3 Reasons Your Allergies are Aggravated When Using Your HVAC System

[fa icon="calendar"] April 05, 2019 / by Home Services Expert

woman sneezing with pug in backgroundYou wake up to a stuffy, runny nose, itchy throat and eyes, and sinus pressure that causes your head to pound. You immediately recognize these symptoms – allergies. While you long to just go back to bed, you have to face the day, knowing all too well the path that lies ahead – you take an allergy pill, make some tea, inhale as much essential oil-infused shower steam as you can, use your sinus rinse, and wait for the allergies to go away.

While you may be familiar with seasonal allergies, if you consistently have allergies all year round, it could have something to do with your heating and air conditioning system.

The quality of the air inside your home directly affects your health. Living in an environment with poor indoor air quality can cause both immediate and long-term illnesses. Here are some reasons your HVAC system could be the culprit – and what to do about it!


1. Lack of maintenance


Just like you regularly take your car for a tune-up, you should regularly schedule a tune-up for your HVAC system. Regular tune-ups can double the life of your heating and air system and save you thousands of dollars. A complete system tune-up – done once a year for newer homes and twice a year for older homes – can help prevent costly breakdowns and increase the longevity of your heating and cooling system.


2.  Dirty air filters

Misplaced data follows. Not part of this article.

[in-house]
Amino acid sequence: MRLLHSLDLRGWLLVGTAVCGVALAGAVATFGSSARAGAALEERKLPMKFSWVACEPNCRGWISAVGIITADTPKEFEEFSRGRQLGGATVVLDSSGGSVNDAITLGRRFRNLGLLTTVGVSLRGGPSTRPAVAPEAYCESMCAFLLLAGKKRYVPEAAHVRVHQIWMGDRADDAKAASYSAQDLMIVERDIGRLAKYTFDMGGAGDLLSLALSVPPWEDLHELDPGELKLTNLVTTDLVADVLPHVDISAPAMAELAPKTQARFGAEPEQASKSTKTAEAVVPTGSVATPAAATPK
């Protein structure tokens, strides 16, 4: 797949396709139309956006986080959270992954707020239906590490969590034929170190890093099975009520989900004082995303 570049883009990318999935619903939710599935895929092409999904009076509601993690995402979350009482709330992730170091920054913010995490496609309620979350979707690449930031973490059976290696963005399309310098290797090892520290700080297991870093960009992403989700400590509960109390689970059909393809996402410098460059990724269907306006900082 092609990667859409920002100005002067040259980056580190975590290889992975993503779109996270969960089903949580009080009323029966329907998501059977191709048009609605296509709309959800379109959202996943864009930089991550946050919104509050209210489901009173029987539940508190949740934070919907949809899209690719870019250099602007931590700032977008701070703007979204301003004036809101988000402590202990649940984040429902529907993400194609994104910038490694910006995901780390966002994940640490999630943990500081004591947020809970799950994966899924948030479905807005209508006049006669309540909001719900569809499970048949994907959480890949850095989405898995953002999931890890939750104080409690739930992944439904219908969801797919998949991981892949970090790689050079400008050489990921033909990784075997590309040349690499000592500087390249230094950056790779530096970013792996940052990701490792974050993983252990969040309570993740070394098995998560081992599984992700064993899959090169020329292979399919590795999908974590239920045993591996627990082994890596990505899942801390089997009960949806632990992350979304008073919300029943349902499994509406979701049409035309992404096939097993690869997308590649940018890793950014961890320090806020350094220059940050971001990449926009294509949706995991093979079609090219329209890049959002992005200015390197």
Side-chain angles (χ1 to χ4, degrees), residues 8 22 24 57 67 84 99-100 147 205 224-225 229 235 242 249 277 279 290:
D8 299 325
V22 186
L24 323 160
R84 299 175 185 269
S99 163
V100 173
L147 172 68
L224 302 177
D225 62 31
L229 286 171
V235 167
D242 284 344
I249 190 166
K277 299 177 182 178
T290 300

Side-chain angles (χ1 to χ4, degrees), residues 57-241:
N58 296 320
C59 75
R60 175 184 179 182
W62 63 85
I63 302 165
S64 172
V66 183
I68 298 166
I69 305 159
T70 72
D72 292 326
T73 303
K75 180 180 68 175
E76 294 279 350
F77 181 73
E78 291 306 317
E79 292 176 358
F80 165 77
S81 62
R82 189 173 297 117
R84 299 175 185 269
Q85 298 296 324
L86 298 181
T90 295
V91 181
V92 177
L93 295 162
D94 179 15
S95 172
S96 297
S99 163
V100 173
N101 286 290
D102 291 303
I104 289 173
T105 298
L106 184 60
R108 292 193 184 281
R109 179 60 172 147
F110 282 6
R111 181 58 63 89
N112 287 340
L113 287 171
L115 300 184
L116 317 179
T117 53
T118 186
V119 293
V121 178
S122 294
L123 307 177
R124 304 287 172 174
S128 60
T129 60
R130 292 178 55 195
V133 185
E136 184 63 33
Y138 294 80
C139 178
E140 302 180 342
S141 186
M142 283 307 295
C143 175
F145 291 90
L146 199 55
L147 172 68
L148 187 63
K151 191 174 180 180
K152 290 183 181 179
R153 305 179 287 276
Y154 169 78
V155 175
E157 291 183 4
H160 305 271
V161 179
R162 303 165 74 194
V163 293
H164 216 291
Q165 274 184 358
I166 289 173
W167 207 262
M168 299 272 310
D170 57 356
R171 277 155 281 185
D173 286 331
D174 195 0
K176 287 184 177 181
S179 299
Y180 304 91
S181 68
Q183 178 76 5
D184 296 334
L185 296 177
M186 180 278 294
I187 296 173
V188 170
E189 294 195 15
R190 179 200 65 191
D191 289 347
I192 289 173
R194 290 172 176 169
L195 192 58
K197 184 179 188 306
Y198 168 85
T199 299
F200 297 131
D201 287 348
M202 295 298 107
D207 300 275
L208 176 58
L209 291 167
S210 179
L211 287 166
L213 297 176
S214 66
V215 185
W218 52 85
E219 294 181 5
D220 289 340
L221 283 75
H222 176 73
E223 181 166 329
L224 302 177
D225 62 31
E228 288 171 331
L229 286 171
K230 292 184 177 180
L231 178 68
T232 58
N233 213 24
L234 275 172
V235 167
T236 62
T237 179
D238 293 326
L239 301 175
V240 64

Sometimes it's not easy to tell if it's time to replace your filter. Hold it up to bright light. If you can't see the light shining through it, it's time for a new filter. To help you remember this maintenance task, place a reminder on your calendar or cell phone. Or link it with another household task, such as paying your monthly gas bill.

You should change your air filters once a month, especially if someone in your home suffers from breathing difficulties, you have furry pets, you regularly spray chemicals into the air or work with paint, if someone in your home smokes or a remodeling project has generated a lot of dust.

To remove allergens from your indoor air, choose a high-energy particulate air filters, more commonly known as HEPA filters. These are the best HVAC filters for allergies. Made from layers of glass fibers formed into pleated paper-like material, HEPA filters trap more than 99 percent of pollen, dust and smoke.

In addition to dust and dirt, a filter traps irritants and allergens such as dust mites, pet dander, and pollen so that they don't enter your ducts, flow into your home and infiltrate the air you breathe.


3. Mold and mildew


Mold can thrive within different areas of your HVAC unit that are prone to humidity and moisture. These include the drip pan, evaporator coils, and within air ducts.

If mold is circulated from other parts of your home by way of the duct system, the fungus spores will enter the nose and lungs, presenting symptoms that resemble hay fever. An HVAC technician can inspect your system for mold.

Low humidity in your home means less moisture, and that is very important to hindering mold growth. Running your air conditioning instead of opening windows, reduces the humidity level in your home. You can also install a dehumidifier in your home to help.

We can bring allergens into our homes in a variety of ways – on our shoes, clothing, pet’s hair, opening windows, and inviting visitors over, just to name a few.

In addition to maintaining your system, using a high-quality air purifier and cleaning your home regularly can also help alleviate your indoor space of allergens.

The health and well-being of your HVAC system is inherently tied to yours. Take care of it and you're likely to breathe healthier indoor air. And that, in turn, will provide some relief for your allergy symptoms.

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